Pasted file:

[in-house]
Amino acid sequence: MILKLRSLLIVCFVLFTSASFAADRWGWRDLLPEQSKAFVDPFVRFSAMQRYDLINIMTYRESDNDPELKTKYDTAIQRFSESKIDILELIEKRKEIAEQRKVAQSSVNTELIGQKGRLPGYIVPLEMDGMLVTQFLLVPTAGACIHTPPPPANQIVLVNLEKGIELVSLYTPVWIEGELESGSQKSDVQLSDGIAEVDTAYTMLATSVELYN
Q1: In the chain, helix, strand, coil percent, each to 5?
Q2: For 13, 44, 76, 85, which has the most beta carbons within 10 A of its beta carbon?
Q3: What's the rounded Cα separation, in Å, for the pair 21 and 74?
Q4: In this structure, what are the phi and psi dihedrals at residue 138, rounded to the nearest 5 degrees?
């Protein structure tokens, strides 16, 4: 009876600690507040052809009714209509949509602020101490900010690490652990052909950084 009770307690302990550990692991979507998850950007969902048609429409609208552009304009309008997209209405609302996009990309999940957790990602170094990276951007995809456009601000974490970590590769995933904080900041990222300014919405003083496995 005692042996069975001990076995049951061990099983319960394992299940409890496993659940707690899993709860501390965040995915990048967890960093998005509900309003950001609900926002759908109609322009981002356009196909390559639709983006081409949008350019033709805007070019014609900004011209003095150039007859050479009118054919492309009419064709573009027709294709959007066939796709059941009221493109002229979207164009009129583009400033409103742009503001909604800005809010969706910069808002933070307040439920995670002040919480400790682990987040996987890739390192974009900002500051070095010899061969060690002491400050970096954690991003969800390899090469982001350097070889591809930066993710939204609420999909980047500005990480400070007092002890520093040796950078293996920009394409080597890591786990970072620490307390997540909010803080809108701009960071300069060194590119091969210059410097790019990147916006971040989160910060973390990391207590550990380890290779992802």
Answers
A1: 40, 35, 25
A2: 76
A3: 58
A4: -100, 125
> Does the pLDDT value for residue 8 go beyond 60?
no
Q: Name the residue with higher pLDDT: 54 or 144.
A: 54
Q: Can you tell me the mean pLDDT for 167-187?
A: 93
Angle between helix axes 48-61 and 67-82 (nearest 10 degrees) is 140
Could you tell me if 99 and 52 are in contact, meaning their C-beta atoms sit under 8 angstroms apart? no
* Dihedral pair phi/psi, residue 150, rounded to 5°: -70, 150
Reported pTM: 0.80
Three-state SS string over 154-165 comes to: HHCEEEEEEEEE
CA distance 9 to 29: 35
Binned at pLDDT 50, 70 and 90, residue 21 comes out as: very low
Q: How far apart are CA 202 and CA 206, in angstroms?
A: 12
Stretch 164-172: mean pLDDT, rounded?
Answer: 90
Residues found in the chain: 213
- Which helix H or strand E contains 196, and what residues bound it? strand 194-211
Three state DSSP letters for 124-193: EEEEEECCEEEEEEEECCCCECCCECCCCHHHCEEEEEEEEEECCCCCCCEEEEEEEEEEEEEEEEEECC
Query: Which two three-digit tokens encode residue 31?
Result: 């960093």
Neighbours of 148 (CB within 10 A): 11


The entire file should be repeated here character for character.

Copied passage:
[in-house]
Amino acid sequence: MILKLRSLLIVCFVLFTSASFAADRWGWRDLLPEQSKAFVDPFVRFSAMQRYDLINIMTYRESDNDPELKTKYDTAIQRFSESKIDILELIEKRKEIAEQRKVAQSSVNTELIGQKGRLPGYIVPLEMDGMLVTQFLLVPTAGACIHTPPPPANQIVLVNLEKGIELVSLYTPVWIEGELESGSQKSDVQLSDGIAEVDTAYTMLATSVELYN
Q1: In the chain, helix, strand, coil percent, each to 5?
Q2: For 13, 44, 76, 85, which has the most beta carbons within 10 A of its beta carbon?
Q3: What's the rounded Cα separation, in Å, for the pair 21 and 74?
Q4: In this structure, what are the phi and psi dihedrals at residue 138, rounded to the nearest 5 degrees?
């Protein structure tokens, strides 16, 4: 009876600690507040052809009714209509949509602020101490900010690490652990052909950084 009770307690302990550990692991979507998850950007969902048609429409609208552009304009309008997209209405609302996009990309999940957790990602170094990276951007995809456009601000974490970590590769995933904080900041990222300014919405003083496995 005692042996069975001990076995049951061990099983319960394992299940409890496993659940707690899993709860501390965040995915990048967890960093998005509900309003950001609900926002759908109609322009981002356009196909390559639709983006081409949008350019033709805007070019014609900004011209003095150039007859050479009118054919492309009419064709573009027709294709959007066939796709059941009221493109002229979207164009009129583009400033409103742009503001909604800005809010969706910069808002933070307040439920995670002040919480400790682990987040996987890739390192974009900002500051070095010899061969060690002491400050970096954690991003969800390899090469982001350097070889591809930066993710939204609420999909980047500005990480400070007092002890520093040796950078293996920009394409080597890591786990970072620490307390997540909010803080809108701009960071300069060194590119091969210059410097790019990147916006971040989160910060973390990391207590550990380890290779992802």
Answers
A1: 40, 35, 25
A2: 76
A3: 58
A4: -100, 125
> Does the pLDDT value for residue 8 go beyond 60?
no
Q: Name the residue with higher pLDDT: 54 or 144.
A: 54
Q: Can you tell me the mean pLDDT for 167-187?
A: 93
Angle between helix axes 48-61 and 67-82 (nearest 10 degrees) is 140
Could you tell me if 99 and 52 are in contact, meaning their C-beta atoms sit under 8 angstroms apart? no
* Dihedral pair phi/psi, residue 150, rounded to 5°: -70, 150
Reported pTM: 0.80
Three-state SS string over 154-165 comes to: HHCEEEEEEEEE
CA distance 9 to 29: 35
Binned at pLDDT 50, 70 and 90, residue 21 comes out as: very low
Q: How far apart are CA 202 and CA 206, in angstroms?
A: 12
Stretch 164-172: mean pLDDT, rounded?
Answer: 90
Residues found in the chain: 213
- Which helix H or strand E contains 196, and what residues bound it? strand 194-211
Three state DSSP letters for 124-193: EEEEEECCEEEEEEEECCCCECCCECCCCHHHCEEEEEEEEEECCCCCCCEEEEEEEEEEEEEEEEEECC
Query: Which two three-digit tokens encode residue 31?
Result: 């960093």
Neighbours of 148 (CB within 10 A): 11